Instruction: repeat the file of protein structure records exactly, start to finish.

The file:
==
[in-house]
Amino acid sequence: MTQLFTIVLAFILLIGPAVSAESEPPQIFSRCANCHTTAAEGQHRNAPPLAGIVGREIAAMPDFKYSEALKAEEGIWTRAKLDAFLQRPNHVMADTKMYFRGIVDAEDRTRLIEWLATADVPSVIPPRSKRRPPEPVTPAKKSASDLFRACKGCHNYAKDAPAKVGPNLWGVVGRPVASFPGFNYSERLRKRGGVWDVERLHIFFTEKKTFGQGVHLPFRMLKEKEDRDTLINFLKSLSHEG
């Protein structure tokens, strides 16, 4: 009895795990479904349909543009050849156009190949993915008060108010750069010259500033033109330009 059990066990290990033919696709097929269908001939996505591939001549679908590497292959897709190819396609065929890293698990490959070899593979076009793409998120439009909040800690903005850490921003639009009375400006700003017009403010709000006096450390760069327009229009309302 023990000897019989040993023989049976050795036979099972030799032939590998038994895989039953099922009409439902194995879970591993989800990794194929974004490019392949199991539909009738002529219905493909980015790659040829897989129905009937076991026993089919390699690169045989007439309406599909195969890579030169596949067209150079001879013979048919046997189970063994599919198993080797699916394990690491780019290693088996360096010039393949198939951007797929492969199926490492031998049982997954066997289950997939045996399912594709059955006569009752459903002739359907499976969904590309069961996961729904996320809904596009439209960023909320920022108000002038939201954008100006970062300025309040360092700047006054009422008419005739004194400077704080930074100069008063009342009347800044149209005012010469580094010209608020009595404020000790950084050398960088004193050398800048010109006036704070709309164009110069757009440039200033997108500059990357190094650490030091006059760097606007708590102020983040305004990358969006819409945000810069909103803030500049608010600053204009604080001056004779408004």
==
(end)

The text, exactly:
[in-house]
Amino acid sequence: MTQLFTIVLAFILLIGPAVSAESEPPQIFSRCANCHTTAAEGQHRNAPPLAGIVGREIAAMPDFKYSEALKAEEGIWTRAKLDAFLQRPNHVMADTKMYFRGIVDAEDRTRLIEWLATADVPSVIPPRSKRRPPEPVTPAKKSASDLFRACKGCHNYAKDAPAKVGPNLWGVVGRPVASFPGFNYSERLRKRGGVWDVERLHIFFTEKKTFGQGVHLPFRMLKEKEDRDTLINFLKSLSHEG
């Protein structure tokens, strides 16, 4: 009895795990479904349909543009050849156009190949993915008060108010750069010259500033033109330009 059990066990290990033919696709097929269908001939996505591939001549679908590497292959897709190819396609065929890293698990490959070899593979076009793409998120439009909040800690903005850490921003639009009375400006700003017009403010709000006096450390760069327009229009309302 023990000897019989040993023989049976050795036979099972030799032939590998038994895989039953099922009409439902194995879970591993989800990794194929974004490019392949199991539909009738002529219905493909980015790659040829897989129905009937076991026993089919390699690169045989007439309406599909195969890579030169596949067209150079001879013979048919046997189970063994599919198993080797699916394990690491780019290693088996360096010039393949198939951007797929492969199926490492031998049982997954066997289950997939045996399912594709059955006569009752459903002739359907499976969904590309069961996961729904996320809904596009439209960023909320920022108000002038939201954008100006970062300025309040360092700047006054009422008419005739004194400077704080930074100069008063009342009347800044149209005012010469580094010209608020009595404020000790950084050398960088004193050398800048010109006036704070709309164009110069757009440039200033997108500059990357190094650490030091006059760097606007708590102020983040305004990358969006819409945000810069909103803030500049608010600053204009604080001056004779408004």